TORONTO, Feb. 27, 2012 /CNW/ - Ontario Human Rights Commission Chief Commissioner Barbara Hall today launched the Living Rights Project, a web-based living library that puts real people into the human rights discussion. The project was created to celebrate the 50th anniversary of Ontario's Human Rights Code, and to be an ongoing resource for all Ontarians. Hall made the announcement at Parkdale Collegiate Institute, which will serve as a program partner.
The OHRC is inviting all Ontario residents to submit short videos, essays, letters, poems, songs, or any other artistic work that tells a human rights story. Submissions can talk about what "Human rights in Ontario" means, or relate a personal story related to the grounds of the Code, such as age, colour, disability, sexual orientation, etc. Stories can be positive or negative - the project's goal is to teach people about experiences over the past 50 years, as well as to look forward as the next generations learn about and advance human rights.
"This project helps us learn from the past and aspire to the future," says Hall. "Over 50 years, we have come a long way. But we also need to look at the discrimination and the barriers that still exist today, and to inspire the next generation to continue the journey. That's the only way to make rights that look so good on paper actual lived rights."
Special categories have been created for junior, middle and high school students and classes - where the next generation of human rights pioneers will get their start.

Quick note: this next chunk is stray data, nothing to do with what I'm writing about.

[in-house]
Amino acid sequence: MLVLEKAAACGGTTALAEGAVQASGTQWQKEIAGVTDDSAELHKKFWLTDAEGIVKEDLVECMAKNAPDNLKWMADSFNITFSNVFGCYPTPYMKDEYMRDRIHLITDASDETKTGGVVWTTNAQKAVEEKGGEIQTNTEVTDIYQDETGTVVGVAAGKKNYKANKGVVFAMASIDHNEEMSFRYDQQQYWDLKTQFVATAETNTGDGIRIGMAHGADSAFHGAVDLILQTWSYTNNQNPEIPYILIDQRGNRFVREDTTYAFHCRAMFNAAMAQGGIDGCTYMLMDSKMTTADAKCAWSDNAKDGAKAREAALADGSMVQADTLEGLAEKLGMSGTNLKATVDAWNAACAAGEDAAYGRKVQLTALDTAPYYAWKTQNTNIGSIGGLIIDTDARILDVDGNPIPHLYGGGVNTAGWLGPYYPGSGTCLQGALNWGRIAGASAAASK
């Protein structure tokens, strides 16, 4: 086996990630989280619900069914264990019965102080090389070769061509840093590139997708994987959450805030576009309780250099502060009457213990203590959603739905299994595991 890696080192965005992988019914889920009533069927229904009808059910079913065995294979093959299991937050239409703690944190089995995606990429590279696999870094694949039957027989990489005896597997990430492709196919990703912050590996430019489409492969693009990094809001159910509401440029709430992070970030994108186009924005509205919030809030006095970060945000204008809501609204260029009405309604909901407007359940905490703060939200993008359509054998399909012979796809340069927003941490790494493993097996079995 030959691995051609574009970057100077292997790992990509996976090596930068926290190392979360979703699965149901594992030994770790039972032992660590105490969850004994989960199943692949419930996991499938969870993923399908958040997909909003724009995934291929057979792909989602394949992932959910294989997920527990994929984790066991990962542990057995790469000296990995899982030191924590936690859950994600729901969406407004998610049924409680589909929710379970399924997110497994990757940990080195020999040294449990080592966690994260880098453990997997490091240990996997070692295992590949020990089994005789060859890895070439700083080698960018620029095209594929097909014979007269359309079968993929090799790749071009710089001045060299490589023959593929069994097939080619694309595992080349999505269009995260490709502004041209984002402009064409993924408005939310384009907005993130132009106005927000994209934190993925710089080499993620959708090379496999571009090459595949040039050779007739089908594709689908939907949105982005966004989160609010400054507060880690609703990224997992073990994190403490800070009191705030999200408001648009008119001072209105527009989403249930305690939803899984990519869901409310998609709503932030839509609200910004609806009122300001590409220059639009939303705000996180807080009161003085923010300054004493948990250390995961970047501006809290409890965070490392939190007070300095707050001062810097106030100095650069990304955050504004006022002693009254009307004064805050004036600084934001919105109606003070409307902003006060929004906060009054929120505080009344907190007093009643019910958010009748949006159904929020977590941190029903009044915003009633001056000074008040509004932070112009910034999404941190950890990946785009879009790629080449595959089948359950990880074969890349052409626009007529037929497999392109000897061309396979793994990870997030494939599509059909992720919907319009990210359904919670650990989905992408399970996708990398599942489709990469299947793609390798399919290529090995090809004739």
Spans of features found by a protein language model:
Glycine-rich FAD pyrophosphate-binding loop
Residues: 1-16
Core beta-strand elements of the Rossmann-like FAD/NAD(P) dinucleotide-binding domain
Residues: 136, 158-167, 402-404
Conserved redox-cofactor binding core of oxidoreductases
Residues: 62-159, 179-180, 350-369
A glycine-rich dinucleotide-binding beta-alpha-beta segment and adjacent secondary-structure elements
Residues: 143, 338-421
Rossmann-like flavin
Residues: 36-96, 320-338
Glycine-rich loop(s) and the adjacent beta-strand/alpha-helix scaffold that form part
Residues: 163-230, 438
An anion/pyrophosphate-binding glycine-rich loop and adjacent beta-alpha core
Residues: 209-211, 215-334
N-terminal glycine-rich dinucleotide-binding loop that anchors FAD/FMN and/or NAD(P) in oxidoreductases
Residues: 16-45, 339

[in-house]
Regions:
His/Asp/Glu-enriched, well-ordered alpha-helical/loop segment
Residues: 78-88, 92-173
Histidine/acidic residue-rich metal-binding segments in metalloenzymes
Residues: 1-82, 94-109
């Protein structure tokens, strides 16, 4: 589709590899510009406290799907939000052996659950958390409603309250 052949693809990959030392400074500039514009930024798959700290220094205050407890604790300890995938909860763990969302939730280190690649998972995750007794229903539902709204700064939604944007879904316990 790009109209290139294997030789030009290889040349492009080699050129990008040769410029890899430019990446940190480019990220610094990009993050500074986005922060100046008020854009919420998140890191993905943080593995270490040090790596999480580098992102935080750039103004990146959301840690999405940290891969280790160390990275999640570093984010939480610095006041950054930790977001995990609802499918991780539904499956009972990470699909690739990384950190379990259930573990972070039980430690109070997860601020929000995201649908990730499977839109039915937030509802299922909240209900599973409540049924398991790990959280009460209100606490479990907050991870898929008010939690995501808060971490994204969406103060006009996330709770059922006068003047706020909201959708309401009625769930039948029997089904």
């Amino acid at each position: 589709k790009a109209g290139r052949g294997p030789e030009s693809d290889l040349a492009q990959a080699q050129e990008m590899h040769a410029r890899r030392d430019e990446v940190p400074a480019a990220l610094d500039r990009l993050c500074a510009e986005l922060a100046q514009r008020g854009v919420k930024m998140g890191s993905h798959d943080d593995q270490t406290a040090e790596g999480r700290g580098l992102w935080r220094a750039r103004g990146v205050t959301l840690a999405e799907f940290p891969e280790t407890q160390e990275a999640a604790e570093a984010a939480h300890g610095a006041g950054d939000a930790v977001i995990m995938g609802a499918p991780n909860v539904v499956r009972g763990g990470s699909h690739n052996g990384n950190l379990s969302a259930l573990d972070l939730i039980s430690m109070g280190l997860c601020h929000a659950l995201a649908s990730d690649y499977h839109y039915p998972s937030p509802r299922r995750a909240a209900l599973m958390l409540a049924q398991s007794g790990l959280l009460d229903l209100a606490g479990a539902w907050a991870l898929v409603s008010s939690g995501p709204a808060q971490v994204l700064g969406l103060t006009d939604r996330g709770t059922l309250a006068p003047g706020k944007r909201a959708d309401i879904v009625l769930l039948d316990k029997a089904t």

"The Living Rights Project is about learning and education, so schools are the logical places to build for the future," says Chris Bolton, Chair of the Toronto District School Board. "We have one of the most diverse student populations in the world, and projects like this can help us both celebrate the diversity and teach that human rights begin in our homes, in our neighbourhoods, and especially in our classrooms."
The project will be launched the week of June 15, 2012 - the 50th anniversary of the Human Rights Code. Submissions received by April 30, 2012 will have a chance to be considered for the launch. But submissions are also welcome beyond April 30, as the project will become an ongoing, regularly updated resource that will continue to tell the human rights story.
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For further information:
Pascale Demers, Communications Officer, Ontario Human Rights Commission, 416-314-3579, [email protected]
Zoya McGroarty, Communications Coordinator, Toronto District School Board, 416-395-2721, [email protected]